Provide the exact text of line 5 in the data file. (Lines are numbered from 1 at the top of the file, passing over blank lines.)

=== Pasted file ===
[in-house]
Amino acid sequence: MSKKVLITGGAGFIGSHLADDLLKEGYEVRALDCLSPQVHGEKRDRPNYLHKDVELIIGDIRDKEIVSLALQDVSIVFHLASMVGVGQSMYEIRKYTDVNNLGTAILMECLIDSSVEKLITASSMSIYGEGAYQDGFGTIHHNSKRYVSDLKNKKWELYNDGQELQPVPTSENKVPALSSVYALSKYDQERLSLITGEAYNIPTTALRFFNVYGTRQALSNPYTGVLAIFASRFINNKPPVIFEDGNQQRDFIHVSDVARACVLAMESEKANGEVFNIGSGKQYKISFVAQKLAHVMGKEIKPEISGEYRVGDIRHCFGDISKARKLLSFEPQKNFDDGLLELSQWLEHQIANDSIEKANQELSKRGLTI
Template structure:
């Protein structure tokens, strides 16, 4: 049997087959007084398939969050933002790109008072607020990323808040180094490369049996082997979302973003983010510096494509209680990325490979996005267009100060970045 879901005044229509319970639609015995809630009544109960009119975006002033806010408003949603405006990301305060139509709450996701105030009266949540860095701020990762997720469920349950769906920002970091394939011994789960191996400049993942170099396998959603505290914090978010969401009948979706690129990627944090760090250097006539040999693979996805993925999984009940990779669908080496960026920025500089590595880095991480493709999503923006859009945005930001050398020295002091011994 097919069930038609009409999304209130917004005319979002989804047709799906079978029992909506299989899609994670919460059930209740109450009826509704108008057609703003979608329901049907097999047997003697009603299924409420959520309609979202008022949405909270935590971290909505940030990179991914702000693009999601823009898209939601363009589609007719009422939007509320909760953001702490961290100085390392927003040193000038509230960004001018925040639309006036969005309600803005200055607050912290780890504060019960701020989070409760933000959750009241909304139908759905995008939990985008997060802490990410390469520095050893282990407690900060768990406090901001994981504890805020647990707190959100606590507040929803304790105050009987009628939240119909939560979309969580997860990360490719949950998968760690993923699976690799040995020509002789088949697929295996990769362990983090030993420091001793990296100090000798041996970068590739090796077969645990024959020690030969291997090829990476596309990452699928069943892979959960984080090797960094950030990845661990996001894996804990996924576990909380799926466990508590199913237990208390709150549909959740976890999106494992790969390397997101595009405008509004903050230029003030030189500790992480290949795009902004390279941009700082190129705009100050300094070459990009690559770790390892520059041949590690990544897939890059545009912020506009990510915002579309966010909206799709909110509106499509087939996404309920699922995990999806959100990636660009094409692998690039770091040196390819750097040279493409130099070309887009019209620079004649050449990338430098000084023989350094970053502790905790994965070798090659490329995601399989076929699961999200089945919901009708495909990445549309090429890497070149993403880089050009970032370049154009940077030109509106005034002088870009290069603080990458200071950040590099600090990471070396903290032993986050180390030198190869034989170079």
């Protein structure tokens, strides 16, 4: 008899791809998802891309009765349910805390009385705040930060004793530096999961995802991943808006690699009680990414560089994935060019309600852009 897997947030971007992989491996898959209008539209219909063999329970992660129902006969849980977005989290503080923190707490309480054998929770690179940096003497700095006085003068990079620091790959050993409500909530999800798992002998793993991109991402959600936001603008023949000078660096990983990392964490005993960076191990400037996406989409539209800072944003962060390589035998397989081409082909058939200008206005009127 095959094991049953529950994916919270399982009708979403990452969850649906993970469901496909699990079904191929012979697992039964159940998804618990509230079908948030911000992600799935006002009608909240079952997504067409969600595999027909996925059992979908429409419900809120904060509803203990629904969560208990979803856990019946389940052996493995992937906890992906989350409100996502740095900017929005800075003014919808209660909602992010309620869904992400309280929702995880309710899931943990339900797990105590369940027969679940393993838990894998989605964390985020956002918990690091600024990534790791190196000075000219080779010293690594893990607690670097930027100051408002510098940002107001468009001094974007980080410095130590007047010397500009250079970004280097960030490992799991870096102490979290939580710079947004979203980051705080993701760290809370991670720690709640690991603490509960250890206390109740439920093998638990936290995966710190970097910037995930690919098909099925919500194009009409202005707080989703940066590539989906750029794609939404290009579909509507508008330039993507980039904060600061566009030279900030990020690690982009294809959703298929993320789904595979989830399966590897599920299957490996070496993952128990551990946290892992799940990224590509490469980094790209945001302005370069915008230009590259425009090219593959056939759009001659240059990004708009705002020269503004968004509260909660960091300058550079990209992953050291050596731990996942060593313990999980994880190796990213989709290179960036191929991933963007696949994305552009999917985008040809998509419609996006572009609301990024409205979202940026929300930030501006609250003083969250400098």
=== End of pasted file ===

């Protein structure tokens, strides 16, 4: 008899791809998802891309009765349910805390009385705040930060004793530096999961995802991943808006690699009680990414560089994935060019309600852009 897997947030971007992989491996898959209008539209219909063999329970992660129902006969849980977005989290503080923190707490309480054998929770690179940096003497700095006085003068990079620091790959050993409500909530999800798992002998793993991109991402959600936001603008023949000078660096990983990392964490005993960076191990400037996406989409539209800072944003962060390589035998397989081409082909058939200008206005009127 095959094991049953529950994916919270399982009708979403990452969850649906993970469901496909699990079904191929012979697992039964159940998804618990509230079908948030911000992600799935006002009608909240079952997504067409969600595999027909996925059992979908429409419900809120904060509803203990629904969560208990979803856990019946389940052996493995992937906890992906989350409100996502740095900017929005800075003014919808209660909602992010309620869904992400309280929702995880309710899931943990339900797990105590369940027969679940393993838990894998989605964390985020956002918990690091600024990534790791190196000075000219080779010293690594893990607690670097930027100051408002510098940002107001468009001094974007980080410095130590007047010397500009250079970004280097960030490992799991870096102490979290939580710079947004979203980051705080993701760290809370991670720690709640690991603490509960250890206390109740439920093998638990936290995966710190970097910037995930690919098909099925919500194009009409202005707080989703940066590539989906750029794609939404290009579909509507508008330039993507980039904060600061566009030279900030990020690690982009294809959703298929993320789904595979989830399966590897599920299957490996070496993952128990551990946290892992799940990224590509490469980094790209945001302005370069915008230009590259425009090219593959056939759009001659240059990004708009705002020269503004968004509260909660960091300058550079990209992953050291050596731990996942060593313990999980994880190796990213989709290179960036191929991933963007696949994305552009999917985008040809998509419609996006572009609301990024409205979202940026929300930030501006609250003083969250400098």